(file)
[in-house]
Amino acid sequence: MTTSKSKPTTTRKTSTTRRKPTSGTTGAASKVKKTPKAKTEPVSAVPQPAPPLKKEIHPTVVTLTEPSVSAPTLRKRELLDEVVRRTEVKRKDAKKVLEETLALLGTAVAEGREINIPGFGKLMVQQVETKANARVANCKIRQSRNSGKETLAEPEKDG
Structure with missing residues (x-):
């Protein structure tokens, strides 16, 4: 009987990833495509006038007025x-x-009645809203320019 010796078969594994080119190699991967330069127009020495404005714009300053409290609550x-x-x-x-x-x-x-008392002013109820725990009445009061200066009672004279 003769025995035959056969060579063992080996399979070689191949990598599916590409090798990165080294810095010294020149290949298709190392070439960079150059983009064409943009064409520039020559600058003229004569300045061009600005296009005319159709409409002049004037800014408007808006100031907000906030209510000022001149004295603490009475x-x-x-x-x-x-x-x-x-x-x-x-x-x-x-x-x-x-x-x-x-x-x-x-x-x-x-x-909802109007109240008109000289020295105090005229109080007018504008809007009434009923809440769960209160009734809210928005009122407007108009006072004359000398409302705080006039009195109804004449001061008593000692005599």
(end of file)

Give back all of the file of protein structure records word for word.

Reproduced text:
[in-house]
Amino acid sequence: MTTSKSKPTTTRKTSTTRRKPTSGTTGAASKVKKTPKAKTEPVSAVPQPAPPLKKEIHPTVVTLTEPSVSAPTLRKRELLDEVVRRTEVKRKDAKKVLEETLALLGTAVAEGREINIPGFGKLMVQQVETKANARVANCKIRQSRNSGKETLAEPEKDG
Structure with missing residues (x-):
């Protein structure tokens, strides 16, 4: 009987990833495509006038007025x-x-009645809203320019 010796078969594994080119190699991967330069127009020495404005714009300053409290609550x-x-x-x-x-x-x-008392002013109820725990009445009061200066009672004279 003769025995035959056969060579063992080996399979070689191949990598599916590409090798990165080294810095010294020149290949298709190392070439960079150059983009064409943009064409520039020559600058003229004569300045061009600005296009005319159709409409002049004037800014408007808006100031907000906030209510000022001149004295603490009475x-x-x-x-x-x-x-x-x-x-x-x-x-x-x-x-x-x-x-x-x-x-x-x-x-x-x-x-909802109007109240008109000289020295105090005229109080007018504008809007009434009923809440769960209160009734809210928005009122407007108009006072004359000398409302705080006039009195109804004449001061008593000692005599």